Home Works Elementary Education Distance Learning Curriculum

Developed by Olivia H.

Edited by Maggie M.

Photo of Olivia H

Essential Question:

How does water travel? What is the water cycle and how is it important?

Background Knowledge:

  • Children should know the phases of the water cycle (condensation, evaporation, precipitation).
  • Children should know how heat changes the physical state of matter (water).

Materials:

  • Four Plastic Cups  
  • Water  
  • Ice Cube  
  • Shaving Cream  
  • Food Coloring  
  • Markers 
  • Pencil 
  • Notebook (Science Journal)  

Safety Protocols:

Children should handle the hot water with care. Ask a parent or guardian for help.

Activity Procedure:

Step 1: Grab all of your materials before we start the investigation!  

Step 2: Make a spot in your science journal for “Evaporation.” Give a definition of what you think evaporation means.  

Step 3: Fill up one of your plastic cups with water (almost completely full). Use one of your markers to make a line at the beginning water level where you filled your cup up. Place your cup on a windowsill, or countertop, where sunlight comes through.  

What do you think will happen to the level of the water? 

Step 4: In your science journal, draw a sketch of what the cup looks like in the first hour. Every hour, check back in on your cup, marking the new water level lines with your marker. Make sure to keep sketches in your science journal. Give detailed observations of what happened to the cup, and the water inside.

What has happened to the level of the water? Why do you think this is happening? How is this similar to the water cycle in the atmosphere? 

Step 5: Label the next free page in your journal, “Condensation.” Give a quick definition of what you think condensation means.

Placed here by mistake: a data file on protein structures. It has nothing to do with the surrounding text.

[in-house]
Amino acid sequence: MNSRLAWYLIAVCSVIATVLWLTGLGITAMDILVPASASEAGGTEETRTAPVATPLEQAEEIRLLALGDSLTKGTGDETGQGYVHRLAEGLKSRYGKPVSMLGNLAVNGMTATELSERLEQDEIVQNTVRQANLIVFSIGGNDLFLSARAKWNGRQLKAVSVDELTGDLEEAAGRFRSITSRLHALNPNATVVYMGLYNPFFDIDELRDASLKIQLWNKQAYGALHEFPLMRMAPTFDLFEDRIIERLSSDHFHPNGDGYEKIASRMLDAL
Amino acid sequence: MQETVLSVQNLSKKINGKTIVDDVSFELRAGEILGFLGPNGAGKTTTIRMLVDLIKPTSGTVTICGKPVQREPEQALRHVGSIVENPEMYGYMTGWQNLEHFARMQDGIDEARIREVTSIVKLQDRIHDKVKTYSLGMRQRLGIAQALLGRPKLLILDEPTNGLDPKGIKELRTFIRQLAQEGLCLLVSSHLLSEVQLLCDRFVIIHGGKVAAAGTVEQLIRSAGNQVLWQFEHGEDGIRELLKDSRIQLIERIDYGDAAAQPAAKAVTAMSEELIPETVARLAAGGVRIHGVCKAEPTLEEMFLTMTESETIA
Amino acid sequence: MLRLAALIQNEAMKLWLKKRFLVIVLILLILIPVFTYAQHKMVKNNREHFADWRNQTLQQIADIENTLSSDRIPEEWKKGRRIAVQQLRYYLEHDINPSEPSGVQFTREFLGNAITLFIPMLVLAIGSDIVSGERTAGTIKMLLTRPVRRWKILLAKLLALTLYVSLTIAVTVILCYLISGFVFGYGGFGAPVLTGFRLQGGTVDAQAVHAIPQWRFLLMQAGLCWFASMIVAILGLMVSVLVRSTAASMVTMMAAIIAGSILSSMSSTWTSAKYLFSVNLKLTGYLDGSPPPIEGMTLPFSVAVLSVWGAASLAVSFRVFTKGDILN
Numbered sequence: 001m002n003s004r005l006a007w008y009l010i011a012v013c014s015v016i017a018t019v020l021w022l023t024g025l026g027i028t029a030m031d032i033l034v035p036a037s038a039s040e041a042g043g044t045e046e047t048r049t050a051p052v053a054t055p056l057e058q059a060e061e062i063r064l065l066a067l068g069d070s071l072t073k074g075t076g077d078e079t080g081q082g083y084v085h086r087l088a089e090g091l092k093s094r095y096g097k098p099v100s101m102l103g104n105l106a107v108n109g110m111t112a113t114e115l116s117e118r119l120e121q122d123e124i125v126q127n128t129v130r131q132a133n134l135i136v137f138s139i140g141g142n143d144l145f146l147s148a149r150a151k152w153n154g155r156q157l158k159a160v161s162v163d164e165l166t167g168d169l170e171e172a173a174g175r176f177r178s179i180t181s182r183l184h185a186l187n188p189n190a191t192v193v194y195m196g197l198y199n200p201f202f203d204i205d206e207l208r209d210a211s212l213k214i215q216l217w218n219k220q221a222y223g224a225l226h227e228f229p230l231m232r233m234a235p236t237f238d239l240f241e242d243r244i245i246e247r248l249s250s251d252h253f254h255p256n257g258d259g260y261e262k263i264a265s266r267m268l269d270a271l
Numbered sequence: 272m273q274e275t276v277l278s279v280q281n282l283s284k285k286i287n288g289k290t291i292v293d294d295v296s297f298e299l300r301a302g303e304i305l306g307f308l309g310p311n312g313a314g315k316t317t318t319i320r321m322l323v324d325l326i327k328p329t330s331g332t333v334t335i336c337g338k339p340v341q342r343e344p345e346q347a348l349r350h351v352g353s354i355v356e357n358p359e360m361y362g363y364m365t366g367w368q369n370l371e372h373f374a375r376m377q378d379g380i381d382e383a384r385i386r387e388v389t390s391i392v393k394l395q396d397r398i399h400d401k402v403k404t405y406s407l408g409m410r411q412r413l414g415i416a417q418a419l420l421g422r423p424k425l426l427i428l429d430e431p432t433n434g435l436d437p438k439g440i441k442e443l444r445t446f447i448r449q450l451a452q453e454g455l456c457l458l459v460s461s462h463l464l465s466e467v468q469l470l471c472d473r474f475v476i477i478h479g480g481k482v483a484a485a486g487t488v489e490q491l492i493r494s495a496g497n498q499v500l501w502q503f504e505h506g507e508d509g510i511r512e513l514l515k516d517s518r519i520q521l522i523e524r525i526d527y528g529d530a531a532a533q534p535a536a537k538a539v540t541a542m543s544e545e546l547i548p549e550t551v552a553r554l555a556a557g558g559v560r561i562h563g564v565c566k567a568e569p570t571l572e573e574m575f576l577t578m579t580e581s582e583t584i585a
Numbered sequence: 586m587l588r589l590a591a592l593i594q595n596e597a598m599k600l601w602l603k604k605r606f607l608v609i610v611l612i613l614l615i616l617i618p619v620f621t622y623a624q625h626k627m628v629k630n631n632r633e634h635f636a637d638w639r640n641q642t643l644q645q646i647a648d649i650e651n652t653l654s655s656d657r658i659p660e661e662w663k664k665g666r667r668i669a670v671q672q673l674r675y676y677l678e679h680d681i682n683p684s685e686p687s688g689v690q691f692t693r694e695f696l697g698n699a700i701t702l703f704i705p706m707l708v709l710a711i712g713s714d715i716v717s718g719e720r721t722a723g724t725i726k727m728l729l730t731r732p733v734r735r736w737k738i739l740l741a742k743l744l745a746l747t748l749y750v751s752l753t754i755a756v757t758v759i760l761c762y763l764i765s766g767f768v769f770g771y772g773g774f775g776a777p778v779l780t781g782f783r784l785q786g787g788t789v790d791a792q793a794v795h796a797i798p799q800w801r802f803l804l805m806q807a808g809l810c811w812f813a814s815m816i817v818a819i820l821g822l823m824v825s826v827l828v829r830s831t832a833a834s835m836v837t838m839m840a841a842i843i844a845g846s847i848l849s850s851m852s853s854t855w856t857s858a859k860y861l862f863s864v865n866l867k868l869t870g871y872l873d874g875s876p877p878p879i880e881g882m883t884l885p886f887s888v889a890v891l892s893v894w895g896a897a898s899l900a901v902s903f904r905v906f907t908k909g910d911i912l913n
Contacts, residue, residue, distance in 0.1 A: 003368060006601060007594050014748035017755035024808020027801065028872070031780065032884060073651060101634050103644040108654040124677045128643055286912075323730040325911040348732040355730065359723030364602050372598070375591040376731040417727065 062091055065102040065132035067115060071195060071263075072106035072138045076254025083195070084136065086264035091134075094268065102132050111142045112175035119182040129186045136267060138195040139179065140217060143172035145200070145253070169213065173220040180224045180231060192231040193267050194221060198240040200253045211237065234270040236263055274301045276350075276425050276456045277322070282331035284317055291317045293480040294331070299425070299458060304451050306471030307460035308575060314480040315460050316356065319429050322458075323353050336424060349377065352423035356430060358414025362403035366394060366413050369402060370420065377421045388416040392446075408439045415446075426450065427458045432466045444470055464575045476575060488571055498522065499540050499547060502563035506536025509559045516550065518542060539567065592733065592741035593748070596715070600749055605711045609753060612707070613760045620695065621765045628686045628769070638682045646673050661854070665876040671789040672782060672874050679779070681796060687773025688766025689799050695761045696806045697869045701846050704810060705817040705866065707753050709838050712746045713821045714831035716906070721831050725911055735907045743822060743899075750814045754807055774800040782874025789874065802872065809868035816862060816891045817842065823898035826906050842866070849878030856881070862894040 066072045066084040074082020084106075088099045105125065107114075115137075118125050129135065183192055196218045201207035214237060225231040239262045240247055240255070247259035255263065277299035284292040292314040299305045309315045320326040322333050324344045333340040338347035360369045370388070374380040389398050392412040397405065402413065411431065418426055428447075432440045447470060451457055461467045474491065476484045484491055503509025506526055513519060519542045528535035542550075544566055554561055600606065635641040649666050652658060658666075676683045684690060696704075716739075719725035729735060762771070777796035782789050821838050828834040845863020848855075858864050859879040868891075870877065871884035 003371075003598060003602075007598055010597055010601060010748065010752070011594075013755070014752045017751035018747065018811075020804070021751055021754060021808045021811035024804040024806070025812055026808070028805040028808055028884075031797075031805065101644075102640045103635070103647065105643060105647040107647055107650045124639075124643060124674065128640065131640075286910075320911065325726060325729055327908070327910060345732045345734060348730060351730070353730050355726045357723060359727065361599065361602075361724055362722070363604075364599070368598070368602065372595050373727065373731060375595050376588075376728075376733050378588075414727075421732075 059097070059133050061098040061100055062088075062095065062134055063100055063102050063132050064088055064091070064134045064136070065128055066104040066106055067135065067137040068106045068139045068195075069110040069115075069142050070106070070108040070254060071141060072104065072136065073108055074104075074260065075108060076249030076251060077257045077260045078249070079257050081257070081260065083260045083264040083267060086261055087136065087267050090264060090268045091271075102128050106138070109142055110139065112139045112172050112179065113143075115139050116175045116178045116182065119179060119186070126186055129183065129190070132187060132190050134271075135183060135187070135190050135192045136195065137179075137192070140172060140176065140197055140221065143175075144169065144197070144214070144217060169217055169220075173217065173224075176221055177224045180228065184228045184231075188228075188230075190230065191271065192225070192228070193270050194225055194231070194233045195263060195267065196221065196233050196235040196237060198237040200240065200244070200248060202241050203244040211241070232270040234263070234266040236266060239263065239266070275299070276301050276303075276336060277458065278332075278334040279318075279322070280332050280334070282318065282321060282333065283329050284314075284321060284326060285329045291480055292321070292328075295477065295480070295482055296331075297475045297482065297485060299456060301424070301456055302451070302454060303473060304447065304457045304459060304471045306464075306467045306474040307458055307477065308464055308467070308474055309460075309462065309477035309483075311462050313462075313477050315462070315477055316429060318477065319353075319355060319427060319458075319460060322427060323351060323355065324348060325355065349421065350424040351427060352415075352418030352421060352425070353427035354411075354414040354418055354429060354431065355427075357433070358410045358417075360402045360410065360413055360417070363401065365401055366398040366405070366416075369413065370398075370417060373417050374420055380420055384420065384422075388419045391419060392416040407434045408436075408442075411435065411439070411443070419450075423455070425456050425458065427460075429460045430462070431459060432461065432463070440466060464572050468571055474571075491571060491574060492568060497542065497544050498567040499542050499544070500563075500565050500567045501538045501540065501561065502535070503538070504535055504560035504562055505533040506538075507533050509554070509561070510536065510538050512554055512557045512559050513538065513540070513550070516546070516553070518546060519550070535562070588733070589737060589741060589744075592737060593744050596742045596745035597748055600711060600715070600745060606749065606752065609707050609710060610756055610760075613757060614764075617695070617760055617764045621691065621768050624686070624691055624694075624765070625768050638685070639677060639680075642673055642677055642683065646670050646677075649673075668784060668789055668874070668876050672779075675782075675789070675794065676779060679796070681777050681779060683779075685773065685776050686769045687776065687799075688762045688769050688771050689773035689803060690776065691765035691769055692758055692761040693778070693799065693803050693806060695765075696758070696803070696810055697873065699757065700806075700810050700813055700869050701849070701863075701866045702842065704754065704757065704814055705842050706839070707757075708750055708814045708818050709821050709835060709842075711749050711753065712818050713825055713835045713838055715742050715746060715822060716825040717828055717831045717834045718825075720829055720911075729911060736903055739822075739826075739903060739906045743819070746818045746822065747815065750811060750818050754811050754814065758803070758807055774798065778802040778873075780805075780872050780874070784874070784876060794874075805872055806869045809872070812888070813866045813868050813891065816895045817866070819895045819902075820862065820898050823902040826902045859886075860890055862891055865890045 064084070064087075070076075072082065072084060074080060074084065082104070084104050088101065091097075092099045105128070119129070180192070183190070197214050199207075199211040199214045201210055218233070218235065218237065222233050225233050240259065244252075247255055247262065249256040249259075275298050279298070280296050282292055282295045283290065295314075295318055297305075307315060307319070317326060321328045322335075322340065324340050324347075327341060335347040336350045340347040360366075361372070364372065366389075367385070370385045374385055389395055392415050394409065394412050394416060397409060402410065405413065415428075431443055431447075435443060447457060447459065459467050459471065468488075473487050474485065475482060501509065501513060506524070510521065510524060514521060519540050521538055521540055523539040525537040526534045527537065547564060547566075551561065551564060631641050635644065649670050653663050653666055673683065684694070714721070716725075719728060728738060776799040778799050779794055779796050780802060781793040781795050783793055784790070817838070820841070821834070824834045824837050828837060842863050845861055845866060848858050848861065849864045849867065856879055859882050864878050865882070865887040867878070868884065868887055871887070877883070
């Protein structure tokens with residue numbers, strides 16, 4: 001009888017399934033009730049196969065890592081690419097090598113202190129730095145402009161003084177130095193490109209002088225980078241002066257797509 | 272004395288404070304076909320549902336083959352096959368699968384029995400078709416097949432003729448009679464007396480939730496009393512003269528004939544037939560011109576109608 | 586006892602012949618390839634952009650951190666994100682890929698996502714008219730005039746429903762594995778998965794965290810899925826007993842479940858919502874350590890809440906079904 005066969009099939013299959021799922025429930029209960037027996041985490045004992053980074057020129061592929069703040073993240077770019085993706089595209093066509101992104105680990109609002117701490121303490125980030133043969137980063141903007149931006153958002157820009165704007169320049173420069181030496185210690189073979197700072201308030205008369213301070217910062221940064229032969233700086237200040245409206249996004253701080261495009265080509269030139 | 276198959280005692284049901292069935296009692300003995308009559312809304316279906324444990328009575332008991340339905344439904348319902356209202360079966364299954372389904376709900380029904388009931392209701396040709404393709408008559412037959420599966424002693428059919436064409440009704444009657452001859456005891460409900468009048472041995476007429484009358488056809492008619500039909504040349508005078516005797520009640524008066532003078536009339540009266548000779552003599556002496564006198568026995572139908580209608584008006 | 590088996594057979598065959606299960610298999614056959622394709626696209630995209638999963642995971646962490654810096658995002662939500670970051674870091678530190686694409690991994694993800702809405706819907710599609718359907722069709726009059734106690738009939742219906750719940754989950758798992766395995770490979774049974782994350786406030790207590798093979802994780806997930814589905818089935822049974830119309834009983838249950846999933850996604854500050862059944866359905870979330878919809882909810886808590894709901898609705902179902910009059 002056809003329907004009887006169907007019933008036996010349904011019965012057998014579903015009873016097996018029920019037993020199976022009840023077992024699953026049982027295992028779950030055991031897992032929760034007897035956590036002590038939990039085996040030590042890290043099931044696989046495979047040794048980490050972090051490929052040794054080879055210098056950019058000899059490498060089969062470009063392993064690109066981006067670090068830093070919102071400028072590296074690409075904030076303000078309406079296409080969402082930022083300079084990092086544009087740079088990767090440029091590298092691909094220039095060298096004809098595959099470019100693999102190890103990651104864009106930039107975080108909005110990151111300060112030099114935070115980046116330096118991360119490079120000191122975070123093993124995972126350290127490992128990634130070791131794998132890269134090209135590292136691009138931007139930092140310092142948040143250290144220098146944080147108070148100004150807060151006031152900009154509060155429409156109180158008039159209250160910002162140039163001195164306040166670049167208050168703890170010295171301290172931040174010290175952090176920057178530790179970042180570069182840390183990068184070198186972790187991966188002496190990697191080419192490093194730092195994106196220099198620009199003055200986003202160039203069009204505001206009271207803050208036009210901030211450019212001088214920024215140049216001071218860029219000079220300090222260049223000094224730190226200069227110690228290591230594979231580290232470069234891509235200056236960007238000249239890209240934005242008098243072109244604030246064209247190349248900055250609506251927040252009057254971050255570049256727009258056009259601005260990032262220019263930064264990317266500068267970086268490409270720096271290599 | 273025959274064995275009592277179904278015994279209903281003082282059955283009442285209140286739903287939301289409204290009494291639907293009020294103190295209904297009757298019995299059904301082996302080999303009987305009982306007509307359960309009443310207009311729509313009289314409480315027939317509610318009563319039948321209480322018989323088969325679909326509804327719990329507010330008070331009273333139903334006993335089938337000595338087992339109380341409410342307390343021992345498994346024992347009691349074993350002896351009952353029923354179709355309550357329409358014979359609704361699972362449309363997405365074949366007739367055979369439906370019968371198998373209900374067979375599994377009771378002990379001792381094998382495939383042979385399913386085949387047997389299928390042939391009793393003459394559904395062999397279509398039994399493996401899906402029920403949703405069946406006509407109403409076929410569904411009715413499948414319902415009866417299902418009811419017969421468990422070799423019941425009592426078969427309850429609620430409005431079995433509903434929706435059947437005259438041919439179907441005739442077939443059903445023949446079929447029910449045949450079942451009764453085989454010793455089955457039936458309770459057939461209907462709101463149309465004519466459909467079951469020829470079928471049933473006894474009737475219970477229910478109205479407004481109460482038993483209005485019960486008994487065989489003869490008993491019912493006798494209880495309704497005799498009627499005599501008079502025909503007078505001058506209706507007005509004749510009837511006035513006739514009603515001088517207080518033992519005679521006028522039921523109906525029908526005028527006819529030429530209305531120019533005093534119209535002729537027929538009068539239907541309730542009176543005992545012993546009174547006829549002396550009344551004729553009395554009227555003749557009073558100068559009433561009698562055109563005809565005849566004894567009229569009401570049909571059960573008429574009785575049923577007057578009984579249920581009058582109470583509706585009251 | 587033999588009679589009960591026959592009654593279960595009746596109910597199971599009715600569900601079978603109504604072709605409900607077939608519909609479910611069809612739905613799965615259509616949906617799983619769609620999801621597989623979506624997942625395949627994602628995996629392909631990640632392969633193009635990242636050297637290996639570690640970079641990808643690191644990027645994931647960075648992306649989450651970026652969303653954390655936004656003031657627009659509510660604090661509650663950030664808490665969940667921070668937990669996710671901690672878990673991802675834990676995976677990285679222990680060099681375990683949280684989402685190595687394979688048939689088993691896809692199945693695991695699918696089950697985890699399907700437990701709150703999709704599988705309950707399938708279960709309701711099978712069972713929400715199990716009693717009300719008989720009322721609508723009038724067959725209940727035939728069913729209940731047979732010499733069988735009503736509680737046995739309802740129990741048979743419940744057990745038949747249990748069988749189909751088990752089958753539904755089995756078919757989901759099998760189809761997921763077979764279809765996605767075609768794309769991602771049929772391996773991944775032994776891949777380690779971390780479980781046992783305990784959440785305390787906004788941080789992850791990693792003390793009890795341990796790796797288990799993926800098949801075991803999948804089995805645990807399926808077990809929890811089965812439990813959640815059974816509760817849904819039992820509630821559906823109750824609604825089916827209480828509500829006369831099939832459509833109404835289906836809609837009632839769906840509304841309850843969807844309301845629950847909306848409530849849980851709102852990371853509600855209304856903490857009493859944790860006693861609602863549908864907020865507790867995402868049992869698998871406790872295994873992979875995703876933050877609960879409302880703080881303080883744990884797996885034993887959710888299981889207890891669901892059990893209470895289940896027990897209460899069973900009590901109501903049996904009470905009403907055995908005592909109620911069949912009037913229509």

Step 6: Fill your cup about halfway- two/thirds full of hot water. (The water does not need to be boiling. If it is boiling, it will melt the cup.)  Take another cup and flip it upside down on top of the cup with hot water. Place an ice cube on top of the upside-down cup.  

How will the hot water impact the ice cube? How is this similar to the water cycle in the atmosphere? 

Step 7: Condensation will begin to form at the top of the upside-down cup. Record your observations in your science journal and draw a picture of the cup. 

Step 8: On the next page of your science journal, write “Precipitation.” Give a definition of what you think precipitation means.  

Step 9: With your last cup, fill it almost full of water. Spray a generous amount of shaving cream on top of the water. Put several drops of food coloring on top of the shaving cream. Record your observations in your science journal and draw a picture of the cup.

What happened to the food coloring? How is this similar to water cycle in the atmosphere? 

Step 10: Lastly, create a chart in your science journal similar to the one below. Use all three parts of the water cycle and give examples of how you have observed them in the experiment, and in your own life.  

Step 11: With parent/guardian permission, share the results of your activity on social media using #AUHomeWorks!

Evaporation Condensation Precipitation
Examples in the Experiment
Examples in My Life

Last modified: November 12, 2020